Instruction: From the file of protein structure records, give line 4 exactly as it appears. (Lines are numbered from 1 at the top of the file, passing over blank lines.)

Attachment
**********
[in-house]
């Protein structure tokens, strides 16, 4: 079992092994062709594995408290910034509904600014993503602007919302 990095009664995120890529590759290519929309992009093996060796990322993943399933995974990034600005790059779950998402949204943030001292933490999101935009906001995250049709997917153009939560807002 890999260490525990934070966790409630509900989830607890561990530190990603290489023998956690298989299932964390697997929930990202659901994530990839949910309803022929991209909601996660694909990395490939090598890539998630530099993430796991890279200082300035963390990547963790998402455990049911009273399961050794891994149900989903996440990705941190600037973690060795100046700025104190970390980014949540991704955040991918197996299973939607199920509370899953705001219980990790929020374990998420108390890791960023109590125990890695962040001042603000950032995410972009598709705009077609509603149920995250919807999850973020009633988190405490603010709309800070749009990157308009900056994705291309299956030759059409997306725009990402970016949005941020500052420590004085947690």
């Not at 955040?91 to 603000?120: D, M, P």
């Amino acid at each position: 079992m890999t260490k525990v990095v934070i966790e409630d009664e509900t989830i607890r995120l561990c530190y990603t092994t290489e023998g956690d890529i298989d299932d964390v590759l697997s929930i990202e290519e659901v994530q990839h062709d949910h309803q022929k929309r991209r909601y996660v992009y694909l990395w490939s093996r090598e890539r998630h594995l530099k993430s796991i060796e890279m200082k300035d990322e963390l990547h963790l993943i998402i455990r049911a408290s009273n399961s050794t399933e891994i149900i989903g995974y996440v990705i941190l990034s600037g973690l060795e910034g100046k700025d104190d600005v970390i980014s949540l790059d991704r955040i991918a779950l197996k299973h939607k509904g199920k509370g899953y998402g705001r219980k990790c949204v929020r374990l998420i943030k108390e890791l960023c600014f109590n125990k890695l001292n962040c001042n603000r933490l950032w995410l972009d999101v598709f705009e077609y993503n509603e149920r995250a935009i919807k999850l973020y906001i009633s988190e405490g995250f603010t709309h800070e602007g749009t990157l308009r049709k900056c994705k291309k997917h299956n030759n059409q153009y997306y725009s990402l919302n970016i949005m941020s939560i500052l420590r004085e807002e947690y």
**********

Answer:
């Amino acid at each position: 079992m890999t260490k525990v990095v934070i966790e409630d009664e509900t989830i607890r995120l561990c530190y990603t092994t290489e023998g956690d890529i298989d299932d964390v590759l697997s929930i990202e290519e659901v994530q990839h062709d949910h309803q022929k929309r991209r909601y996660v992009y694909l990395w490939s093996r090598e890539r998630h594995l530099k993430s796991i060796e890279m200082k300035d990322e963390l990547h963790l993943i998402i455990r049911a408290s009273n399961s050794t399933e891994i149900i989903g995974y996440v990705i941190l990034s600037g973690l060795e910034g100046k700025d104190d600005v970390i980014s949540l790059d991704r955040i991918a779950l197996k299973h939607k509904g199920k509370g899953y998402g705001r219980k990790c949204v929020r374990l998420i943030k108390e890791l960023c600014f109590n125990k890695l001292n962040c001042n603000r933490l950032w995410l972009d999101v598709f705009e077609y993503n509603e149920r995250a935009i919807k999850l973020y906001i009633s988190e405490g995250f603010t709309h800070e602007g749009t990157l308009r049709k900056c994705k291309k997917h299956n030759n059409q153009y997306y725009s990402l919302n970016i949005m941020s939560i500052l420590r004085e807002e947690y």